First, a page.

What is "good" cholesterol?

We often hear medical experts talk about good and bad cholesterol, but what does that mean and how do you keep your health on the right side of it?

23 April 2015
by Ruth Rehbock

The “good” cholesterol is called high density lipoprotein (HDL). 

“It gathers up excess cholesterol and carries it back to the liver where it can be broken down for removal from the body. It can also help to remove some of the cholesterol already deposited on the artery walls,” says Dr Martie de Wet from the Life Extension Institute in Johannesburg. 

You can increase your level of HDL with exercise and loss of excess weight. “HDL is lowered if you carry too much weight, don’t do enough exercise, or you smoke 20 or more cigarettes per day. Another reason for a low level of HDL is hypertriglyceridaemia (high levels of fatty molecules in the blood),” she says.

High levels of triglycerides can cause thickening of the artery walls which predisposes you to cardiovascular disease, the result of which can be heart attacks or strokes. Another reason for lower levels of HDL is that you are genetically programmed to be that way.

What is “bad”cholesterol?

Low density lipoprotein (LDL) is the bad cholesterol that builds up in the arteries causing the gradual narrowing of the arteries. 

“Levels of LDL are elevated by diets high in fat (especially saturated fat) and cholesterol, obesity, diabetes, hypothyroidism (underactive thyroid) and hyperlipidaemia (high level of triglycerides),” explains Dr de Wet.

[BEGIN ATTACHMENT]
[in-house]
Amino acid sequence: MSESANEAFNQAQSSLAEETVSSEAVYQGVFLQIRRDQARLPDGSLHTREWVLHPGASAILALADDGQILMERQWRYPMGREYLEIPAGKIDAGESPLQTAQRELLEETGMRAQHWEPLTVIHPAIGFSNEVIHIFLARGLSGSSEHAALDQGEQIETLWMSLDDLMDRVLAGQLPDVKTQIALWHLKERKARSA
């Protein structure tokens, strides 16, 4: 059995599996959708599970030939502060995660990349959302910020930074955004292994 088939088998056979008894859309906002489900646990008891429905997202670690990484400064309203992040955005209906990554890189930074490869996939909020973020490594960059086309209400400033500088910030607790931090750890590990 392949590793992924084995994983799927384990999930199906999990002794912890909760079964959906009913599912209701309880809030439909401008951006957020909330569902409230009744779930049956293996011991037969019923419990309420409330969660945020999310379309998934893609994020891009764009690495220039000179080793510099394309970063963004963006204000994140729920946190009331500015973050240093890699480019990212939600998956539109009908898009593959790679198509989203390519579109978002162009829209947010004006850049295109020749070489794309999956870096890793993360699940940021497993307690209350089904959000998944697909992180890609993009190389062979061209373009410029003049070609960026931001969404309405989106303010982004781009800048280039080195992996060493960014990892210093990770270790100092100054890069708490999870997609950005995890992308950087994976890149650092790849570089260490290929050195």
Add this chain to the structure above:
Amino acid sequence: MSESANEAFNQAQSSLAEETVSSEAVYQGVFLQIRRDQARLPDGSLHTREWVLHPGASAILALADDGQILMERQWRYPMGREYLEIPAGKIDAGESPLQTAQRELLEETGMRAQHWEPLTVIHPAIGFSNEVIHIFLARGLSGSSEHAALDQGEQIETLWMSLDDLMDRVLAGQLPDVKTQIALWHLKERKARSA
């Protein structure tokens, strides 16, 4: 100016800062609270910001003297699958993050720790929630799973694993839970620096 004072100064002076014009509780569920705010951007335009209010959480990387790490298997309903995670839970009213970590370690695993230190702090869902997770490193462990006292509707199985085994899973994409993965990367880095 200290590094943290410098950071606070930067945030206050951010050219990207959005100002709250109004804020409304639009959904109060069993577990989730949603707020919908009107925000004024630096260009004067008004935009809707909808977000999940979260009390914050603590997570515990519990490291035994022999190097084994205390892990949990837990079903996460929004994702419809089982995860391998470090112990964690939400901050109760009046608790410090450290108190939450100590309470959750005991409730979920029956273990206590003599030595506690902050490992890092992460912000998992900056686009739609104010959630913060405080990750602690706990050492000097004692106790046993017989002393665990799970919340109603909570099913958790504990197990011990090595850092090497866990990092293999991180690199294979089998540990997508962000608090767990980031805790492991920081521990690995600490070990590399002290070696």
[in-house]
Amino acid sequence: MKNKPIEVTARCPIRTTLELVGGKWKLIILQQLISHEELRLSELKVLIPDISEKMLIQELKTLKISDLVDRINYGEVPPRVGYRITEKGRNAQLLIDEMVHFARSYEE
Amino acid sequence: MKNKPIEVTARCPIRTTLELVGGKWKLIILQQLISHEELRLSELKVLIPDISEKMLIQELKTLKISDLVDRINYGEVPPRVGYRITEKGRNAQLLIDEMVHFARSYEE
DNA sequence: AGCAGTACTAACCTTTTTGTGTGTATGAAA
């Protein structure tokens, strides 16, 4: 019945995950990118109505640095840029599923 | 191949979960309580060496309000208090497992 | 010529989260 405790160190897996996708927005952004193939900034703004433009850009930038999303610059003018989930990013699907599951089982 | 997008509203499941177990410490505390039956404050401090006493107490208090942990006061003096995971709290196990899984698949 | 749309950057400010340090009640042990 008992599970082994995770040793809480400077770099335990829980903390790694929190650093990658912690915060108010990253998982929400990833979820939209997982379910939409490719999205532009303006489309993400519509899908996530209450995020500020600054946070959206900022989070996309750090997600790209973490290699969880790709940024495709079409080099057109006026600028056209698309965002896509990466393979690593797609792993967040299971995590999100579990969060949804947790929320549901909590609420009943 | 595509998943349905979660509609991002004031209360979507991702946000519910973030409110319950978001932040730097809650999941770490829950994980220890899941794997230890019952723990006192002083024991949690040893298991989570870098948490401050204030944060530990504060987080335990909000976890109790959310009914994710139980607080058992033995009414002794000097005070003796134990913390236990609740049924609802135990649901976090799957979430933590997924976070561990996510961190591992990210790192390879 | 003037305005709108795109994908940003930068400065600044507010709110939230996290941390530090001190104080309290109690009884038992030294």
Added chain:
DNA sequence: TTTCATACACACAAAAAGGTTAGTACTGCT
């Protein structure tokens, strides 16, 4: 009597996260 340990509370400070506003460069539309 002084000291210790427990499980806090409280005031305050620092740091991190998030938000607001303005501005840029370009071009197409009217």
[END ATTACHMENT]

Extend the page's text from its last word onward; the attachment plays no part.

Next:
Keep your cholesterol at a healthy level by following these 7 tips:

  1. Eat soluble fibre. This helps to get rid of excess cholesterol which can lower LDL cholesterol and improve heart disease. Oats, fruits, vegetables, legumes and psyllium are all great sources of soluble fibre.
  2. Eat fresh. Fruits, vegetables (at least five servings), whole grains, olive oil, nuts and fatty fish are essential. Cut down on saturated fats (animal fats) and trans-fats (processed foods, fast foods).
  3. Get moving. Follow a combination of cardiovascular and strength training exercise most days of the week.
  4. Don’t smoke. Chemicals found in cigarettes have a direct effect on how well your body is able to use HDL cholesterols to get rid of those harmful fats and toxins.
  5. Ease up on the alcohol. Don’t drink more alcohol than recommended.
  6. Stay on the lighter side. Maintain a healthy weight.
  7. Find ways to unwind. Manage your stress effectively.

Check your levels

Dr de Wet recommends that you get your cholesterol levels checked annually, especially if you are at risk of raised cholesterol levels. The test report will show cholesterol levels in milligrams per decilitre of blood (mg/dL). If your good cholesterol is lower than the recommended range, and your bad cholesterol is raised, your health practitioner will advise you on the best way to correct it. 

You can get your cholesterol tested at any Clicks Clinic. Call 0860 254 257 to make an appointment.